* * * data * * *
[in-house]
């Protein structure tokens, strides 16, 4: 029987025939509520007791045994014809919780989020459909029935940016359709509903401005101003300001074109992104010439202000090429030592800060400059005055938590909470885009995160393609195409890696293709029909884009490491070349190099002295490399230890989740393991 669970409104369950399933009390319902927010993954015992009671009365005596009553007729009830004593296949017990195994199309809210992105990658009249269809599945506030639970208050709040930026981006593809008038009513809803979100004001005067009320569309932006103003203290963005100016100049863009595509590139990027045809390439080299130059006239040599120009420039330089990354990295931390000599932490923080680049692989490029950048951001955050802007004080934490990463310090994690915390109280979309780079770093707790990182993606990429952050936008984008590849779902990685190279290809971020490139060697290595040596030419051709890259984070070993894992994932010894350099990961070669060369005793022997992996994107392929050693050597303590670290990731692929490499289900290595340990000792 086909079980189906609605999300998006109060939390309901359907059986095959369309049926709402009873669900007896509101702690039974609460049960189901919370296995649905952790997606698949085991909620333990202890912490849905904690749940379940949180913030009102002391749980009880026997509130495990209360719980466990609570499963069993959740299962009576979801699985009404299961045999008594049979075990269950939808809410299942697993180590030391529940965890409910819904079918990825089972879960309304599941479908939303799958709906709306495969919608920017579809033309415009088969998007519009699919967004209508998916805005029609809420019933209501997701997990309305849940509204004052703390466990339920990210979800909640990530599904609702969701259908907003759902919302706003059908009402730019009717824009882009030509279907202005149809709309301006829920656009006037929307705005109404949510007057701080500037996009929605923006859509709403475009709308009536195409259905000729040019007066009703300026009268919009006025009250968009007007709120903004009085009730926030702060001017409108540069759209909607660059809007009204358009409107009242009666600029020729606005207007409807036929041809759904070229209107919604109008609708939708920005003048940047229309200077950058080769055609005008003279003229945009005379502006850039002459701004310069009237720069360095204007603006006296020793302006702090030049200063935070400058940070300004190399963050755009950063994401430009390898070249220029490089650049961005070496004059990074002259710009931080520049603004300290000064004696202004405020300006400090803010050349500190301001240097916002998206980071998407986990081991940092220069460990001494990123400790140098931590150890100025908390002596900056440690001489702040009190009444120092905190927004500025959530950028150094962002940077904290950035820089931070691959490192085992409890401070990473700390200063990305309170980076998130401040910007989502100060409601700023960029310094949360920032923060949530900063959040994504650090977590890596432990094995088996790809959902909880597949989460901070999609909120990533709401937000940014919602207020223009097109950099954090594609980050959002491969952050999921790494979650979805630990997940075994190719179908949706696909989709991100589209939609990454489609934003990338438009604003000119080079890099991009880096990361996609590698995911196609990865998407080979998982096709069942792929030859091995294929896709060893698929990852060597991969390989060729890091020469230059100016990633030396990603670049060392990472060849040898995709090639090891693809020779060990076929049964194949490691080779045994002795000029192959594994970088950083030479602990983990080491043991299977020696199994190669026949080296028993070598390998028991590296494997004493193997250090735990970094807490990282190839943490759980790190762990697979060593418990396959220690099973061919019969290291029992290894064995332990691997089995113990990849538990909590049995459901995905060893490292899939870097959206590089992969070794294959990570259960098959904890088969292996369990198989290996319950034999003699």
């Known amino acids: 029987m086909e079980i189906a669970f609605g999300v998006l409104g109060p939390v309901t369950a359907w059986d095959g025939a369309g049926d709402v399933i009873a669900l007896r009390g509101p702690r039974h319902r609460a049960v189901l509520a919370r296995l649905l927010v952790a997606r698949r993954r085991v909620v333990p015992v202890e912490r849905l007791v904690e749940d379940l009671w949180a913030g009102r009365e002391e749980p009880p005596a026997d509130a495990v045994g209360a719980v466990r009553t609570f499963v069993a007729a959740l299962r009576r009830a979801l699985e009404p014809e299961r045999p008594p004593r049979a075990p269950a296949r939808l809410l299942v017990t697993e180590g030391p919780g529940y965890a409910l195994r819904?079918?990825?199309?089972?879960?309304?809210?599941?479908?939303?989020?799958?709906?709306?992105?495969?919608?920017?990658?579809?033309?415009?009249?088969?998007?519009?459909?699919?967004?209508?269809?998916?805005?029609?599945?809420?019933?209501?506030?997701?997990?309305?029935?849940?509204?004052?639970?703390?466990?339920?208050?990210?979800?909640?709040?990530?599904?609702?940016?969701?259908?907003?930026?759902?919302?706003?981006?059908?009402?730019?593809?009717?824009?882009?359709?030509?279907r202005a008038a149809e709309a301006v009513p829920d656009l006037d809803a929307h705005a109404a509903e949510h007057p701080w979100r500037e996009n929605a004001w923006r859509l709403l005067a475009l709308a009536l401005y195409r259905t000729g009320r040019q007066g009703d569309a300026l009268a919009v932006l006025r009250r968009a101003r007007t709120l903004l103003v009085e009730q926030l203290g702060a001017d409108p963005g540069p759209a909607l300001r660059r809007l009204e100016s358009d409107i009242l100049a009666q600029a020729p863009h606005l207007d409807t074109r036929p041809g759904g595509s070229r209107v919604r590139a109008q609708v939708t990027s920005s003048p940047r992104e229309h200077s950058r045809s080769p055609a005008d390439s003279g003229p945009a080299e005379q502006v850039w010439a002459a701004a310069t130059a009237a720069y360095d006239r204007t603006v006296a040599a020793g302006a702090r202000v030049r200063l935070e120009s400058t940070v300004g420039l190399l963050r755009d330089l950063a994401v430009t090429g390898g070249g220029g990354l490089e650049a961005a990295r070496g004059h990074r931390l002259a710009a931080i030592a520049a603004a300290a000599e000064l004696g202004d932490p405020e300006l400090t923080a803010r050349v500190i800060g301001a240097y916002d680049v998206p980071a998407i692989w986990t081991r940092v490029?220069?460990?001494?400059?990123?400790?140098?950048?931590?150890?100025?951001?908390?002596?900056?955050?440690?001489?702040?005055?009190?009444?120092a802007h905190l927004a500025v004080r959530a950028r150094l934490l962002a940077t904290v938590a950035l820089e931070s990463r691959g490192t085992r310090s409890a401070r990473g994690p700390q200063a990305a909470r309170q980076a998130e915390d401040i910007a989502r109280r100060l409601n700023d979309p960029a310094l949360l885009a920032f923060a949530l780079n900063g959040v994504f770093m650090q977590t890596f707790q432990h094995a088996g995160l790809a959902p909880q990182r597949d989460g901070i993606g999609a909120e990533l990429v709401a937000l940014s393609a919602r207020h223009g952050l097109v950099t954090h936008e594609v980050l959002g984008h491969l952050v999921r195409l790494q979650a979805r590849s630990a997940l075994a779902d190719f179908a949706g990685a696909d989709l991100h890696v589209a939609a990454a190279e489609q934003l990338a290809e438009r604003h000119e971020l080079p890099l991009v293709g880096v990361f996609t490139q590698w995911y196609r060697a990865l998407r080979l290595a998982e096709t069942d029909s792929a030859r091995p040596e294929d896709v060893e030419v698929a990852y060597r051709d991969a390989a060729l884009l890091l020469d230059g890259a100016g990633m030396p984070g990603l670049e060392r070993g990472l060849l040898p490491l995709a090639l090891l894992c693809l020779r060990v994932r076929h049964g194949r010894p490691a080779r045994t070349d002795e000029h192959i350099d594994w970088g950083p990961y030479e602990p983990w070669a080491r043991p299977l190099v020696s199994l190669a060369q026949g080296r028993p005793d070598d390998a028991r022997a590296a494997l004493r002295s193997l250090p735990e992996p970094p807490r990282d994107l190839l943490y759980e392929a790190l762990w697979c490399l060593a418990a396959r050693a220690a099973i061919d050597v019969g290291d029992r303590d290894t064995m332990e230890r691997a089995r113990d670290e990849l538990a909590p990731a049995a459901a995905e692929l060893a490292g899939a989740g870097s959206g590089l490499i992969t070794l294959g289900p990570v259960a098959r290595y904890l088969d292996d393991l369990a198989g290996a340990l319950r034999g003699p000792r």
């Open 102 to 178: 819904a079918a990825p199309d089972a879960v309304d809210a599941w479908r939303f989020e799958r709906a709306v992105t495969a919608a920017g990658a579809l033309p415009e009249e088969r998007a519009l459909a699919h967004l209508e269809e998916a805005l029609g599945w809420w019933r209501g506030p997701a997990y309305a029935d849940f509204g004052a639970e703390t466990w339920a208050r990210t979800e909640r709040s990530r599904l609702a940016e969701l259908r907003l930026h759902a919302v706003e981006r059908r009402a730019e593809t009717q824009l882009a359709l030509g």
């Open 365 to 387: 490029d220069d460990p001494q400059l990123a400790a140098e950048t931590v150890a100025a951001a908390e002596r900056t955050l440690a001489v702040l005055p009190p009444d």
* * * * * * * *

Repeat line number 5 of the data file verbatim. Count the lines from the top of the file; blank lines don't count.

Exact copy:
């Open 365 to 387: 490029d220069d460990p001494q400059l990123a400790a140098e950048t931590v150890a100025a951001a908390e002596r900056t955050l440690a001489v702040l005055p009190p009444d």